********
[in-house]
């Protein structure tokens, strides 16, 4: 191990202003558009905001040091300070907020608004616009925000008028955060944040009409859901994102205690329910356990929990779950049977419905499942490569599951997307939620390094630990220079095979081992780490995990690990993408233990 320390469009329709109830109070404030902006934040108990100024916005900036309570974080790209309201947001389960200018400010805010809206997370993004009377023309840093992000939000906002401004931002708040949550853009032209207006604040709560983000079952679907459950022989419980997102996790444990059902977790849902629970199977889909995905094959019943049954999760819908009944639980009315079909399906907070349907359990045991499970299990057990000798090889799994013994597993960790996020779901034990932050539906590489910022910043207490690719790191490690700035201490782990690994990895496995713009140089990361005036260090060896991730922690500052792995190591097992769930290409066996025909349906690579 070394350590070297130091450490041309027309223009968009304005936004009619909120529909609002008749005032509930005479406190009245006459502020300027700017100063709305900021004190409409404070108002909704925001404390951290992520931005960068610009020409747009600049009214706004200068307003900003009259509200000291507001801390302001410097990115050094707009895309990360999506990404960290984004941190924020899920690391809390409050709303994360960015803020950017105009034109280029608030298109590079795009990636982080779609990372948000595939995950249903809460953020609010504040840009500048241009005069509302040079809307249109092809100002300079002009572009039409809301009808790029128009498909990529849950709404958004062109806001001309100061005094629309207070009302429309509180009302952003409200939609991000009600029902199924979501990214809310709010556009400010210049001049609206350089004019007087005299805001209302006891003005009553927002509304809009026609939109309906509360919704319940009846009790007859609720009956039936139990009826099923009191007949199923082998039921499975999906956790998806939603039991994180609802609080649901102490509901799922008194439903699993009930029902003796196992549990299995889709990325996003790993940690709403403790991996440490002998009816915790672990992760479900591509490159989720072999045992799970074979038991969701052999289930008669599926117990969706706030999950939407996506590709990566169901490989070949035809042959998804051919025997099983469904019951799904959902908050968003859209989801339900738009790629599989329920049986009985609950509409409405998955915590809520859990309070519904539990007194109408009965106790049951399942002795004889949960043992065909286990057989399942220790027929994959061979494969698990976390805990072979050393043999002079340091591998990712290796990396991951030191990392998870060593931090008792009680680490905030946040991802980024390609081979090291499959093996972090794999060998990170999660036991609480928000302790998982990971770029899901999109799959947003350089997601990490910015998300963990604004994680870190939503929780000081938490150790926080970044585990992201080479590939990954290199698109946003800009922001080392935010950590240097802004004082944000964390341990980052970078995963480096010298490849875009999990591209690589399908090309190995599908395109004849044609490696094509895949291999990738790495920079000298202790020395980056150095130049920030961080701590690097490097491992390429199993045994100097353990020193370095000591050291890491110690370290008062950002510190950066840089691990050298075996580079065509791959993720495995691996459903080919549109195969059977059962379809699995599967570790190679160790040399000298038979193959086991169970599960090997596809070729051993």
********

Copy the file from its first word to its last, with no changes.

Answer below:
[in-house]
């Protein structure tokens, strides 16, 4: 191990202003558009905001040091300070907020608004616009925000008028955060944040009409859901994102205690329910356990929990779950049977419905499942490569599951997307939620390094630990220079095979081992780490995990690990993408233990 320390469009329709109830109070404030902006934040108990100024916005900036309570974080790209309201947001389960200018400010805010809206997370993004009377023309840093992000939000906002401004931002708040949550853009032209207006604040709560983000079952679907459950022989419980997102996790444990059902977790849902629970199977889909995905094959019943049954999760819908009944639980009315079909399906907070349907359990045991499970299990057990000798090889799994013994597993960790996020779901034990932050539906590489910022910043207490690719790191490690700035201490782990690994990895496995713009140089990361005036260090060896991730922690500052792995190591097992769930290409066996025909349906690579 070394350590070297130091450490041309027309223009968009304005936004009619909120529909609002008749005032509930005479406190009245006459502020300027700017100063709305900021004190409409404070108002909704925001404390951290992520931005960068610009020409747009600049009214706004200068307003900003009259509200000291507001801390302001410097990115050094707009895309990360999506990404960290984004941190924020899920690391809390409050709303994360960015803020950017105009034109280029608030298109590079795009990636982080779609990372948000595939995950249903809460953020609010504040840009500048241009005069509302040079809307249109092809100002300079002009572009039409809301009808790029128009498909990529849950709404958004062109806001001309100061005094629309207070009302429309509180009302952003409200939609991000009600029902199924979501990214809310709010556009400010210049001049609206350089004019007087005299805001209302006891003005009553927002509304809009026609939109309906509360919704319940009846009790007859609720009956039936139990009826099923009191007949199923082998039921499975999906956790998806939603039991994180609802609080649901102490509901799922008194439903699993009930029902003796196992549990299995889709990325996003790993940690709403403790991996440490002998009816915790672990992760479900591509490159989720072999045992799970074979038991969701052999289930008669599926117990969706706030999950939407996506590709990566169901490989070949035809042959998804051919025997099983469904019951799904959902908050968003859209989801339900738009790629599989329920049986009985609950509409409405998955915590809520859990309070519904539990007194109408009965106790049951399942002795004889949960043992065909286990057989399942220790027929994959061979494969698990976390805990072979050393043999002079340091591998990712290796990396991951030191990392998870060593931090008792009680680490905030946040991802980024390609081979090291499959093996972090794999060998990170999660036991609480928000302790998982990971770029899901999109799959947003350089997601990490910015998300963990604004994680870190939503929780000081938490150790926080970044585990992201080479590939990954290199698109946003800009922001080392935010950590240097802004004082944000964390341990980052970078995963480096010298490849875009999990591209690589399908090309190995599908395109004849044609490696094509895949291999990738790495920079000298202790020395980056150095130049920030961080701590690097490097491992390429199993045994100097353990020193370095000591050291890491110690370290008062950002510190950066840089691990050298075996580079065509791959993720495995691996459903080919549109195969059977059962379809699995599967570790190679160790040399000298038979193959086991169970599960090997596809070729051993």